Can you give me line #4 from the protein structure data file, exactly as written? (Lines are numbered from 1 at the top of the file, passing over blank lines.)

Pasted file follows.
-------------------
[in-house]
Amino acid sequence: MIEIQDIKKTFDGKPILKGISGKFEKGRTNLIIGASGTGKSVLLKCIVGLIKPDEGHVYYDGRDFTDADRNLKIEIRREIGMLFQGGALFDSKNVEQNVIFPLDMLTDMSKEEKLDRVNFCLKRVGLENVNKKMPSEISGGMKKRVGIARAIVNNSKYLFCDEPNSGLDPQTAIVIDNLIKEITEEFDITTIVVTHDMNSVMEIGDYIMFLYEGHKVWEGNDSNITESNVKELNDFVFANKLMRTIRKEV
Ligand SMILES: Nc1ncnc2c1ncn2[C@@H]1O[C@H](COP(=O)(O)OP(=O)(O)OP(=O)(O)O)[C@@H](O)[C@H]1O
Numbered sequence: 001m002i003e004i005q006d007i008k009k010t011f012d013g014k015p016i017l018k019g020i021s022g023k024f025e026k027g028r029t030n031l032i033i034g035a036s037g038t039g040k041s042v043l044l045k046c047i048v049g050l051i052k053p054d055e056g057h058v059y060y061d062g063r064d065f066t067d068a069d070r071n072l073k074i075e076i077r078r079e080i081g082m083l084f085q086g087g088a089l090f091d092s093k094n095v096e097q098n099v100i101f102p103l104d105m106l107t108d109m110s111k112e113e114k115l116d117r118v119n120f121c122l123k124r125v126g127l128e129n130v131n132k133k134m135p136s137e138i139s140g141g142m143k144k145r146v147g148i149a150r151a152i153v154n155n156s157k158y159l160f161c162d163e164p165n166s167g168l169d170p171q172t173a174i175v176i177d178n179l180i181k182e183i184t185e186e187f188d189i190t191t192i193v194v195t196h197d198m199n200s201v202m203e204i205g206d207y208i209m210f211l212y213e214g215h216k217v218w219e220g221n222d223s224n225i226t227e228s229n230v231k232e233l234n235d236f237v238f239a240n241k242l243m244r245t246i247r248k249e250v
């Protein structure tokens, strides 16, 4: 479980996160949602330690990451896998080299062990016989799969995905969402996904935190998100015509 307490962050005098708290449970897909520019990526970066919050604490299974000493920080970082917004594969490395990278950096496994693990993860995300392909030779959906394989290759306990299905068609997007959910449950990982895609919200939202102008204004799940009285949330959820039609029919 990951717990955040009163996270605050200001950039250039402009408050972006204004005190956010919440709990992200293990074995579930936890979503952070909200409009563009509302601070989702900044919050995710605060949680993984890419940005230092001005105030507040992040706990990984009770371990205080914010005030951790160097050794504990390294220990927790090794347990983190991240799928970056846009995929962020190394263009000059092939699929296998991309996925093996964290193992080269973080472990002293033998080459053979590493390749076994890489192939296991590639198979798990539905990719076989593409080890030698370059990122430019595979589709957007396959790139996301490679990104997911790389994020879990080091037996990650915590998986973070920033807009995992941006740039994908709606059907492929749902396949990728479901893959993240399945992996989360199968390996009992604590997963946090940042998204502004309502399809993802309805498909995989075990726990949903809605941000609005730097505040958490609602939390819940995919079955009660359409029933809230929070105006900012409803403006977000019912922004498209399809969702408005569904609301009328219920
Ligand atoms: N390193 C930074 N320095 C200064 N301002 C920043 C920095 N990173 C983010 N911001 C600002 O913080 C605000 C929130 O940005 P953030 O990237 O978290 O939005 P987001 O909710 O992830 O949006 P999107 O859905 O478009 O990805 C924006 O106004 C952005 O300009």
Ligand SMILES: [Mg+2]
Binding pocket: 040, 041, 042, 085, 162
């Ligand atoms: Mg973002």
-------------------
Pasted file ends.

Numbered sequence: 001m002i003e004i005q006d007i008k009k010t011f012d013g014k015p016i017l018k019g020i021s022g023k024f025e026k027g028r029t030n031l032i033i034g035a036s037g038t039g040k041s042v043l044l045k046c047i048v049g050l051i052k053p054d055e056g057h058v059y060y061d062g063r064d065f066t067d068a069d070r071n072l073k074i075e076i077r078r079e080i081g082m083l084f085q086g087g088a089l090f091d092s093k094n095v096e097q098n099v100i101f102p103l104d105m106l107t108d109m110s111k112e113e114k115l116d117r118v119n120f121c122l123k124r125v126g127l128e129n130v131n132k133k134m135p136s137e138i139s140g141g142m143k144k145r146v147g148i149a150r151a152i153v154n155n156s157k158y159l160f161c162d163e164p165n166s167g168l169d170p171q172t173a174i175v176i177d178n179l180i181k182e183i184t185e186e187f188d189i190t191t192i193v194v195t196h197d198m199n200s201v202m203e204i205g206d207y208i209m210f211l212y213e214g215h216k217v218w219e220g221n222d223s224n225i226t227e228s229n230v231k232e233l234n235d236f237v238f239a240n241k242l243m244r245t246i247r248k249e250v